* Big six suppliers' pre-tax profit margins double in past
* Wholesale prices have dropped due to mild winter, healthy
* Energy price cuts could be put off due to Labour's freeze
* Smaller, more flexible suppliers reacting, winning new
(Adds regulator's call for explanation from suppliers, SSE
By Michael Szabo and Karolin Schaps
LONDON, June 10 Britain's big energy suppliers
are coming under mounting pressure from consumer groups and
politicians to cut household power and gas bills after a sharp
drop in wholesale costs boosted the firms' profit margins.
The country's "big six" energy providers, which supply 96
percent of UK households, also faced calls from industry
regulator Ofgem on Tuesday to explain why consumer energy prices
had not been cut to reflect the falling wholesale market.
Around half of the average British household energy bill is
made up of underlying market prices for electricity and gas,
while the rest is composed of, among other things, costs for
energy transport, expenses to support vulnerable customers and
support for renewable energy production.
"If wholesale prices go down by 10 percent, then our bills
should go down by 5 percent," said Ann Robinson, director of
consumer policy at price comparison website uSwitch.
"It's time for the energy companies to seriously start
thinking about reducing our bills."
Market prices for winter 2014 electricity and gas, when
demand is typically highest, have dropped by 13 percent and 17
percent respectively since the end of 2013, due to healthy gas
imports and unseasonably warm weather over the past six months.
As a result, Ofgem estimates that the big six are poised to
double their pre-tax profit margin over the next 12 months to
above 7 percent from 3.4 percent a year ago.
Data published by Ofgem last week showed so-called "dual
fuel" suppliers are poised to make an average profit of 96
pounds ($160) per home over the next year, compared with an
estimated 44 pounds over the past 12 months.
Ofgem estimates a typical home will spend 1,346 pounds on
power and gas over the next 12 months from May - a 3.1 percent
year-on-year rise - despite lower wholesale prices and a 15
percent drop in "environmental and social" costs since January.
"Energy prices and profits do not add up for consumers.
Companies hike prices when costs rise, so consumers expect them
to come down when wholesale costs fall sufficiently," said
Gillian Guy, head of consumer group and charity Citizens Advice.
In March, Ofgem called on Britain's Competition and Markets
Authority to investigate the industry after finding competition
in the market was not working as well as it might, a probe that
could lead to a break-up of the big six.
None of Britain's big six suppliers - SSE, EDF
Energy, Scottish Power, E.ON, RWE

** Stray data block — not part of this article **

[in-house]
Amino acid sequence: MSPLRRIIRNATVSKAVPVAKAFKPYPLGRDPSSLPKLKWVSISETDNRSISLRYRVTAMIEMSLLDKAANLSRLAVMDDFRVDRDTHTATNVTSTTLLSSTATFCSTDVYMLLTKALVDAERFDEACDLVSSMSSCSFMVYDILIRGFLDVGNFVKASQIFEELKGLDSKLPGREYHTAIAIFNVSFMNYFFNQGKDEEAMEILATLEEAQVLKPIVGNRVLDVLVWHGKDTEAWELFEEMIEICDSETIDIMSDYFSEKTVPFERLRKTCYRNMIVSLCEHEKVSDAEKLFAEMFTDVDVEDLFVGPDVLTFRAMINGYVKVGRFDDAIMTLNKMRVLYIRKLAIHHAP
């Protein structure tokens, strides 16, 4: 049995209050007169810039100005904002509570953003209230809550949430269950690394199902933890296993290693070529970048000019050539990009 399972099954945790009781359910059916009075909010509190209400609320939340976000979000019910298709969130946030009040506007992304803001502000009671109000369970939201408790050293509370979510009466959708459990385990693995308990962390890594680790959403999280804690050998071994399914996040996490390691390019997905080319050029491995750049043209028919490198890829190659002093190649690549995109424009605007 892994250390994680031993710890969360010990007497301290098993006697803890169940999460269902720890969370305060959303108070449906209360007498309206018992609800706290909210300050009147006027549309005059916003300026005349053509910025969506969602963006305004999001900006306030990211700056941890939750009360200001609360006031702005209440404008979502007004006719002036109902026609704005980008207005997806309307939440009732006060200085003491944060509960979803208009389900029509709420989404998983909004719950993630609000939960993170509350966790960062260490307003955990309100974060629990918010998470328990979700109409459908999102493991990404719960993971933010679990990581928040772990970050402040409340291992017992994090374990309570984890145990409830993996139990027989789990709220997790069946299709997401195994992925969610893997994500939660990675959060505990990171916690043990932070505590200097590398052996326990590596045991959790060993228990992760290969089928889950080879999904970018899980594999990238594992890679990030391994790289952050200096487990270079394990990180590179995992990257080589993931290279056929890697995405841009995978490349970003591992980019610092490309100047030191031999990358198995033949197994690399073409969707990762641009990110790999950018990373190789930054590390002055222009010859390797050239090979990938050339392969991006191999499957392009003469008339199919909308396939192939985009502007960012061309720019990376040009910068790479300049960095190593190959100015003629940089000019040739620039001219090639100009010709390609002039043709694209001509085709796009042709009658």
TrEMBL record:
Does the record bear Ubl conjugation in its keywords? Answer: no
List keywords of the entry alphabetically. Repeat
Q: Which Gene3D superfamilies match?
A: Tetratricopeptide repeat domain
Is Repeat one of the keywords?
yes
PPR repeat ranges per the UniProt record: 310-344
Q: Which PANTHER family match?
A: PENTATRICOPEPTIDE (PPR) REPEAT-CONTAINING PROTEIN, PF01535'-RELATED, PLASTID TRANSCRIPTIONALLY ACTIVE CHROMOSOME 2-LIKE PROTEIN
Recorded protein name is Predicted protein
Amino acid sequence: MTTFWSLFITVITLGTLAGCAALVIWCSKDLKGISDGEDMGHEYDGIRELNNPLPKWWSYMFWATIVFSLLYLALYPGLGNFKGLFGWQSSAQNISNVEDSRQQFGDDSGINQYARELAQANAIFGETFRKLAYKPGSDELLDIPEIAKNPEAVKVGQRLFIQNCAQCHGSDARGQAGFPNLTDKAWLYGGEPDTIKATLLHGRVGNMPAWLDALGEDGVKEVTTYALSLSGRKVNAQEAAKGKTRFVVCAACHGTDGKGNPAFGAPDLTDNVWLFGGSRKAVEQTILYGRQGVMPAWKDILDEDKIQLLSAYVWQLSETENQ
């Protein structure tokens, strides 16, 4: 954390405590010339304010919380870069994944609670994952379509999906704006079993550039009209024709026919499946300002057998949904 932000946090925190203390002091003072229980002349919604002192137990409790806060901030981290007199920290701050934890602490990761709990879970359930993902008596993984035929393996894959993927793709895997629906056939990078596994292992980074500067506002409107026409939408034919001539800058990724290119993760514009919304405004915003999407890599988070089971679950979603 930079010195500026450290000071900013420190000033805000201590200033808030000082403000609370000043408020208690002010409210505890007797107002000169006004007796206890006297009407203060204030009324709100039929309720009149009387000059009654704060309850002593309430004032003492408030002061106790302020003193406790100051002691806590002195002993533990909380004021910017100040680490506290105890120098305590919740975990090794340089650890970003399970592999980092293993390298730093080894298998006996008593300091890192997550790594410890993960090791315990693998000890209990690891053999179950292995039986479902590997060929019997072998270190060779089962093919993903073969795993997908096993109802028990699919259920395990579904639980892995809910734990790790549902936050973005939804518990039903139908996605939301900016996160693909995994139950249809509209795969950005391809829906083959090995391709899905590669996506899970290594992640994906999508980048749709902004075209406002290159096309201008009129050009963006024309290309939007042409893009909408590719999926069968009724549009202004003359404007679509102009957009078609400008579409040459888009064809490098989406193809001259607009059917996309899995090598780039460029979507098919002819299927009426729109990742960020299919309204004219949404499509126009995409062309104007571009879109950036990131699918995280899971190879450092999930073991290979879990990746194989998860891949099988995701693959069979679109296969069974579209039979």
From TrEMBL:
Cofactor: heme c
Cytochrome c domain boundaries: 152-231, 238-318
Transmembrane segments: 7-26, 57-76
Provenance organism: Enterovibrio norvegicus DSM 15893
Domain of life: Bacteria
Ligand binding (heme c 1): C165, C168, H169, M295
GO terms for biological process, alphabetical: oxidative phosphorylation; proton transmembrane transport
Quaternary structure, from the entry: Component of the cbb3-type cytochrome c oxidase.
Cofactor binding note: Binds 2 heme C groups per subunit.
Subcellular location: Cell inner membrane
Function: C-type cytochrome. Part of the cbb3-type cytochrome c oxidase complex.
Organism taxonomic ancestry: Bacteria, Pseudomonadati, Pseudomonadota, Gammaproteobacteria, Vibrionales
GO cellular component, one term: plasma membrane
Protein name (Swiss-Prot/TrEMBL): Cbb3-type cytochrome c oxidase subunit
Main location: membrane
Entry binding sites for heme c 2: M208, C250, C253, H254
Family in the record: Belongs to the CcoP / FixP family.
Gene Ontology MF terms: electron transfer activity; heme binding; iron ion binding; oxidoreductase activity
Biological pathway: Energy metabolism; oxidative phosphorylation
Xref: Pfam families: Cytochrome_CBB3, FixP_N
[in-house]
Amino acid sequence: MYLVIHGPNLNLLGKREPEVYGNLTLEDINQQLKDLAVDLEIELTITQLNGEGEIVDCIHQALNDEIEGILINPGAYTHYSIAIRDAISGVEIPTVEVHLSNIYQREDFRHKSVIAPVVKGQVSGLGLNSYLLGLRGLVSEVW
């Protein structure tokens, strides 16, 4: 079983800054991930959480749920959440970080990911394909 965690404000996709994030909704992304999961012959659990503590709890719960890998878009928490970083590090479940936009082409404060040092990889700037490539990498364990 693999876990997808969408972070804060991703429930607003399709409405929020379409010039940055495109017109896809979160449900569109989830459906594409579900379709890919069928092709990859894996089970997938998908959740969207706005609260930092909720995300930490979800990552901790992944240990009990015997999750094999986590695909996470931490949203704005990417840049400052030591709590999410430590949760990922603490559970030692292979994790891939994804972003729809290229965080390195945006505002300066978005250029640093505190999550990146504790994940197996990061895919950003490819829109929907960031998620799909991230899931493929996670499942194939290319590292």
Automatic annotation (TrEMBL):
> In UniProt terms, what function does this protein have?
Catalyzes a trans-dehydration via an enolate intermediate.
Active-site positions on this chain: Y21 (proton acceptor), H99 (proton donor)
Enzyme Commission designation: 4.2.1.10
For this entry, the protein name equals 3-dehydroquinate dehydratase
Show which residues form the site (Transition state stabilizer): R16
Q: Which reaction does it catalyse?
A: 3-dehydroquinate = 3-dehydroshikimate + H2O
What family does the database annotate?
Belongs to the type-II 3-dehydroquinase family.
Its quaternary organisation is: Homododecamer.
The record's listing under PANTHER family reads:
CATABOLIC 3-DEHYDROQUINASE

npower and Centrica's British Gas - has passed
on any recent savings from lower wholesale prices to customers.
In response to questions, the firms declined to confirm
whether they would cut tariffs or why they had not already,
saying only that they were constantly monitoring the market.
SSE said it had in March frozen its consumer electricity and
gas prices until at least January 2016.
"Committing not to increase prices for such a long period of
time requires a long-term view on costs. However, we keep a
close eye on all the costs that go into supplying energy ... and
if we can lower prices, we will," an SSE spokesman said.
Meanwhile, small energy suppliers, which typically have more
flexible pricing due to lower running costs, have seized on the
opportunity and cut bills to reflect the lower wholesale prices.
Last month, a record 50 percent of customers who chose to
part ways with a major supplier signed up with a smaller one,
data from energy sector trade group EnergyUK showed.
"We believe that it's only right that these savings are
passed onto customers to help lower their energy bills," said
small supplier First Utility's Chief Customer Officer Ed Kamm.
But energy experts argue that wholesale prices have to
remain low for an extended period of time to reflect in the big
suppliers' pricing methods, which are more long-term focused.
"Companies will wait until autumn to assess the situation:
what is the price in the portfolio of client contracts, what
have they hedged at what price and where are market prices?"
said Roland Vetter, managing director at investment advisory
firm CF Partners.
Others predict suppliers, fearing market intervention if the
opposition Labour Party wins next year's election, will put off
cutting prices for as long as possible.
Tapping voter discontent ahead of next May's general
election, Labour leader Ed Miliband has pledged to freeze
household energy bills for 20 months if he is elected.
"The big six are worried about cutting prices now and then
having to increase them later to protect themselves should they
be faced with the Miliband freeze," said uSwitch's Robinson.
Caroline Flint, Labour's shadow energy minister, said on
Tuesday that if elected her party would give powers to Ofgem to
force suppliers to cut prices when wholesale costs fall.
"In a properly competitive market, there is no reason why
cost reductions should not be passed on as quickly as cost
increases. If there is evidence that this is not happening, that
clearly suggests that competition is not properly functioning
and that some kind of regulatory intervention is needed," she
told an industry conference in London.
Britain's Energy Secretary Edward Davey, speaking at the
same event, added: "companies who aren't ensuring their
consumers are getting a good deal may want to be careful ahead
of the market investigation".
($1 = 0.5956 British pound)
(Editing by Susan Thomas and Dale Hudson)